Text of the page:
Laval bio-science companies involved in COVID-19 research

Cité de la Biotech is home to more than a dozen biotech firms

Martin C. Barry

While research is underway all over the world to find treatments and an eventual vaccine for the virus that causes COVID-19, the City of Laval is pointing out that more than a dozen companies located on its territory are actively involved in the global scientific efforts.

“In these difficult times, each of us is called upon to contribute in all ways possible to facing the challenges posed by the pandemic,” said City of Laval executive-committee vice-president Stéphane Boyer who is responsible for economic development dossiers.

A biotech leader

“Laval has been known as a leader in biotechnology for years. Today more than ever, our scientists and entrepreneurs are exceeding themselves in research towards innovative and concrete solutions for safeguarding the health of people from here and elsewhere.”

In all, according to the city, there are 13 businesses located in Laval’s Cité de la Biotech scientific industrial park that stand to make contributions to the research towards eventually finding a solution to COVID-19.

Range of companies

The companies range from long-established multinationals, to much more recent “start-ups.” In the latter category, some are just getting underway under the roof of Laval’s bio-science business “incubator” – the Centre québécois d’innovation en biotechnologie (CQIB).

“We are especially proud that six businesses from our incubator are involved in the struggle against COVID-19,” said CQIB executive-director Perry Niro. “And this thanks to support from the CQIB and the commitment of its employees.”

The research firms

Here is a summary of the 13 bio-science businesses located in Laval that are working on COVID-19-related research:

Seen here from an eagle’s-eye point of view, the City of Laval’s Cité de la Biotech is home to more than a dozen science and research companies doing active work towards finding treatments and a vaccine for COVID-19.

Nexelis is a highly-regarded laboratory with projects funded by the Bill and Melinda Gates Foundation. According to the city, the company is currently working collaboratively on anti-viral vaccines and treatments.

Corealis Pharma produces oral formulations for antivirals in anticipation of clinical trials for various clients located internationally.

On the cutting edge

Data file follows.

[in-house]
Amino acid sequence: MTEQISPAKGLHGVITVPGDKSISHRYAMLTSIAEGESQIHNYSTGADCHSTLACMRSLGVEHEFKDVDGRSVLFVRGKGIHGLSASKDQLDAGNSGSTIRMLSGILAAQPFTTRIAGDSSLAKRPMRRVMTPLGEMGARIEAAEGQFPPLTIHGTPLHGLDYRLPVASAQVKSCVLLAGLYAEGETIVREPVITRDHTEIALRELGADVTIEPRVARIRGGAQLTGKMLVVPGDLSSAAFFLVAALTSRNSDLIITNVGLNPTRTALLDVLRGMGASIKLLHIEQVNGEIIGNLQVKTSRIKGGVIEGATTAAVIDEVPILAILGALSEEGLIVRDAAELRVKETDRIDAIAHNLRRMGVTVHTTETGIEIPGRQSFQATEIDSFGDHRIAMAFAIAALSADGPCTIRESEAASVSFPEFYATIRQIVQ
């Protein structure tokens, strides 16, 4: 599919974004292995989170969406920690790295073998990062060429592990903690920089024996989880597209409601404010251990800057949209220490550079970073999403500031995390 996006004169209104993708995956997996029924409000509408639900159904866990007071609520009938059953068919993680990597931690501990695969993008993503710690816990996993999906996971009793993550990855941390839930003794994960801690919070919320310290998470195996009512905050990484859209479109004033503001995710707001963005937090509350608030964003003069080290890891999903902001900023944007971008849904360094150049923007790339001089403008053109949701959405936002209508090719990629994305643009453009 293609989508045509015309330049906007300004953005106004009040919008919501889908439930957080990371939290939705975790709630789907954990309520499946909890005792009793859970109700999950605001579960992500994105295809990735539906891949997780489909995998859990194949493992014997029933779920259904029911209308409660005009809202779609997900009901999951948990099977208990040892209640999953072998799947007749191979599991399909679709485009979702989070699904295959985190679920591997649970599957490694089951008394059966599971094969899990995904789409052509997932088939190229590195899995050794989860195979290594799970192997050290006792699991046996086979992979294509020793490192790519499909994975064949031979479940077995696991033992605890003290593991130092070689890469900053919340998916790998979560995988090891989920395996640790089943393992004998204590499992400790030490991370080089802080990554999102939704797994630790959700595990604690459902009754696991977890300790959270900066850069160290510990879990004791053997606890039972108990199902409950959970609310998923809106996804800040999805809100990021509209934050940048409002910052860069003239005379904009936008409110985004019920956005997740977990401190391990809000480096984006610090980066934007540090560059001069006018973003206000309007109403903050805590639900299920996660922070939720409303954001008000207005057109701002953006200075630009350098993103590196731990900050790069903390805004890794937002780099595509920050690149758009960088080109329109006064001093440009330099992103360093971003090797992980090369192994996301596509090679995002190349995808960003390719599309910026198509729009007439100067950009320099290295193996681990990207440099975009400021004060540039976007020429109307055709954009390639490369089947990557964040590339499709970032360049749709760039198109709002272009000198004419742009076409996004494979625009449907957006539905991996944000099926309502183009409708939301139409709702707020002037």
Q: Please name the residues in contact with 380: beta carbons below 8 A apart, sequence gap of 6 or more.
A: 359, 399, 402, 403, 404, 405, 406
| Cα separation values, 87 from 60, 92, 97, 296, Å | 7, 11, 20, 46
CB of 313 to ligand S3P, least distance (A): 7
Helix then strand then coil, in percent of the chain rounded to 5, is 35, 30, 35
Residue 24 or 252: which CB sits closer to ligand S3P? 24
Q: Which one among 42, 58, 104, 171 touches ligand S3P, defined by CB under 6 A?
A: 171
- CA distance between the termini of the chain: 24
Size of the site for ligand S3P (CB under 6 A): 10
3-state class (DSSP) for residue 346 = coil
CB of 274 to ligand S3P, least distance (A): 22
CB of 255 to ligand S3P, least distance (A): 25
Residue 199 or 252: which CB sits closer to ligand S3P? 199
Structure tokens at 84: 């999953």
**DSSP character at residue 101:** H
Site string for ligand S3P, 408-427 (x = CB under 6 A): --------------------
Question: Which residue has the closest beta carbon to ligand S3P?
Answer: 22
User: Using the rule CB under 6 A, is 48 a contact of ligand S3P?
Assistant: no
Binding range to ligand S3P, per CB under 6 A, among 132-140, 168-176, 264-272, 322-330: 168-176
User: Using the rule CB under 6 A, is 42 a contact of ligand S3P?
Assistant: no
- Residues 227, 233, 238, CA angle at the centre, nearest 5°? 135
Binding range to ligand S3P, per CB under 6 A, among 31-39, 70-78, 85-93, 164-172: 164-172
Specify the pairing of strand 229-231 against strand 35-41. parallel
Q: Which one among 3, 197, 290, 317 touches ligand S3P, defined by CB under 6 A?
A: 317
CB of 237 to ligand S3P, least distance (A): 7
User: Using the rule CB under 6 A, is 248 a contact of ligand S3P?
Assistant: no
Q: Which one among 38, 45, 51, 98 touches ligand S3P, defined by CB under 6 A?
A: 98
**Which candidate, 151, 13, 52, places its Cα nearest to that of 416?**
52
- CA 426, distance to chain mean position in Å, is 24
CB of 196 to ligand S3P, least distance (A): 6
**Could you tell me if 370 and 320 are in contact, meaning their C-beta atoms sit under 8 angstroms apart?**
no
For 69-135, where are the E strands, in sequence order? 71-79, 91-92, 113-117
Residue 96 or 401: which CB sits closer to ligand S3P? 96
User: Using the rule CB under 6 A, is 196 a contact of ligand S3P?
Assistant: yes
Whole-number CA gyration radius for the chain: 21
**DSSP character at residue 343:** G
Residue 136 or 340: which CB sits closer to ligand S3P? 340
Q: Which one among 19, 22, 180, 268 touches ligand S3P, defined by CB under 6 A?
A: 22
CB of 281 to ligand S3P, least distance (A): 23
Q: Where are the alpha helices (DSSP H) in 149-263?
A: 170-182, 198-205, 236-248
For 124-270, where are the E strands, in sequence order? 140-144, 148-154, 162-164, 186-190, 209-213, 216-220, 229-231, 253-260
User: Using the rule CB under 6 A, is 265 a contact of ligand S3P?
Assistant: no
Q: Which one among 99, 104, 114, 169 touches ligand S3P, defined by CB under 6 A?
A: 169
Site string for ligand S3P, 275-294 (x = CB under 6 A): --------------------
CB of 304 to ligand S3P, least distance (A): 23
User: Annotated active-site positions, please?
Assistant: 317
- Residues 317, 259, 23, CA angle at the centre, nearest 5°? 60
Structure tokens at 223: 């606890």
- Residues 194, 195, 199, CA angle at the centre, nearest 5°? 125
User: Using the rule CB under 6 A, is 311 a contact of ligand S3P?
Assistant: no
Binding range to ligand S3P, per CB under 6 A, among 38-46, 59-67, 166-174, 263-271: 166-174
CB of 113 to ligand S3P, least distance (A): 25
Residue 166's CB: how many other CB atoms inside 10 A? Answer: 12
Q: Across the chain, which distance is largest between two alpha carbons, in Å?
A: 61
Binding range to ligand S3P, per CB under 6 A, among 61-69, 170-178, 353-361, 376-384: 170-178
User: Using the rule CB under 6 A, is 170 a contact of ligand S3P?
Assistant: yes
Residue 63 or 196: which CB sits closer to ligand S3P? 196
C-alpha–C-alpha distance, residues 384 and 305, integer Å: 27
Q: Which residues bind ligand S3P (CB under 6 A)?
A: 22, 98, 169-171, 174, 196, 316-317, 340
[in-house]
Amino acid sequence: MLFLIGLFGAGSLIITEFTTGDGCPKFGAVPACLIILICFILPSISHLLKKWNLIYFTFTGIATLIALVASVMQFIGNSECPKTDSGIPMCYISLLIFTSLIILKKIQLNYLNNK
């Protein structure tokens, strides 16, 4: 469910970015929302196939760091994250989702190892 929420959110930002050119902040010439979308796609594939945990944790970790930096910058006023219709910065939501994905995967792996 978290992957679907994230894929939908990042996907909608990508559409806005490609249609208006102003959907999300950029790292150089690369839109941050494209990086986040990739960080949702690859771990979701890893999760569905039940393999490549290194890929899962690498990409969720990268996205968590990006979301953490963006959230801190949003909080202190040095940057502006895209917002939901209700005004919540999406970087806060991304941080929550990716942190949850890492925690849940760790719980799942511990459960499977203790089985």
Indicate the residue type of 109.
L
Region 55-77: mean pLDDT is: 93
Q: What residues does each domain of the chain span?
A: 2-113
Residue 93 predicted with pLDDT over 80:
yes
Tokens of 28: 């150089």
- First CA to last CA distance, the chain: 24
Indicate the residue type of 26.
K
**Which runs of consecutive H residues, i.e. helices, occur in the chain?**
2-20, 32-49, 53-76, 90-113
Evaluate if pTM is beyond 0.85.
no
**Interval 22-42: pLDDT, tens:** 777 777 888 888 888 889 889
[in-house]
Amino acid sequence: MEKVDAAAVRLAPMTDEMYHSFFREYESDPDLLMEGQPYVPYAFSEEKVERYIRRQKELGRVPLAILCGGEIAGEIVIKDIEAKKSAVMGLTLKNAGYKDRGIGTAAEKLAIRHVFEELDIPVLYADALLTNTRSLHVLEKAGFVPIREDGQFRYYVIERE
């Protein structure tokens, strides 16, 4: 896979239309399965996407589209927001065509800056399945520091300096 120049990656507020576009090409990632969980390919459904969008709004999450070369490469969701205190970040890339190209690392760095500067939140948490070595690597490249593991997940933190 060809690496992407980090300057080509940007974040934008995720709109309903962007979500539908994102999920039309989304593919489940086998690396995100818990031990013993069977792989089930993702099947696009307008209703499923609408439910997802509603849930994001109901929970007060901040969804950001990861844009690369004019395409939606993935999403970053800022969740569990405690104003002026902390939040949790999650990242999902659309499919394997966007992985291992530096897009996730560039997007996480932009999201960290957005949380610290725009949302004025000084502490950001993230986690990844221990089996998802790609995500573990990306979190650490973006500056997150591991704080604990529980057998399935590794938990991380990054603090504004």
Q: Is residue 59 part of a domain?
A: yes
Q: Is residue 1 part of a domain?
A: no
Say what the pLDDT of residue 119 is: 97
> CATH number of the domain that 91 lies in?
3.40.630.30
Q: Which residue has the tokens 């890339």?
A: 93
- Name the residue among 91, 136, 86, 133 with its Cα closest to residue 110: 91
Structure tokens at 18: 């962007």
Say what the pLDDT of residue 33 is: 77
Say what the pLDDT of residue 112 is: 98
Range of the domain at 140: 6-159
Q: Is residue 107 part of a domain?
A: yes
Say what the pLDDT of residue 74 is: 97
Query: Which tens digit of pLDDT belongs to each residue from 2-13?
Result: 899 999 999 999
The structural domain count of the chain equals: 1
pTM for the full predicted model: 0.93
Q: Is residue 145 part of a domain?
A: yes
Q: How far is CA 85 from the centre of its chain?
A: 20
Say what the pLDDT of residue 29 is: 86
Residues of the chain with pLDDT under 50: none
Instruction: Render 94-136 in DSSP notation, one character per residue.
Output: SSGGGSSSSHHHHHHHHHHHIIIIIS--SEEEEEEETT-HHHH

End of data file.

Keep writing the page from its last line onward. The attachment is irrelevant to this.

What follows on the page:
Altasciences is pursuing research on behalf of Swiss-based Roivant Sciences (a company founded by U.S. bio-sciences venture entrepreneur Vivek Ramaswamy). The research is on Gimsilumab, a COVID-19 treatment, which could prevent or slow development of the disease’s severe acute respiratory syndrome. Phase 1 of a clinical study has been completed.

Biodextris has been developing an exclusive technology under license from GlaxoSmithKline for the administration of a nasal vaccine that has shown promise against the coronavirus in pre-clinical trials.

Doing their part

Roche Diagnostics is furnishings scientific instruments and tests for tracking the COVID-19 coronavirus.

Bausch Health (until recent years the most valuable company in Canada) is offering medications as well as other health-related products to international organizations as its contribution to the fight against COVID-19.

‘Laval has been known as a leader in biotechnology for years,’ says executive-committee v.p. Stéphane Boyer

Servier Canada is donating 100,000 facial masks to health professionals at the front line, in conjunction with Innovative Medicines Canada.

ILS Pharma will soon be offering a quick test for detecting the presence of the COVID-19 virus.

A cure for COVID-19

Ovensa is working on medications designed to slow viral infections as well as pulmonary lesions caused by hypoxy (lack of oxygen in tissues), a possible complication from COVID-19.

Oligo Medic and Smart Medicines GMP have adapted their production systems to make disinfectant gel.

Glycovax Pharma is developing technology for inhibitors against the adhesion of bacterias and viruses. And Inixium has decided to orient its research onto molecules that could inhibit viral replication.

Martin C. Barry, Local Journalism Initiative Reporter for the Laval News,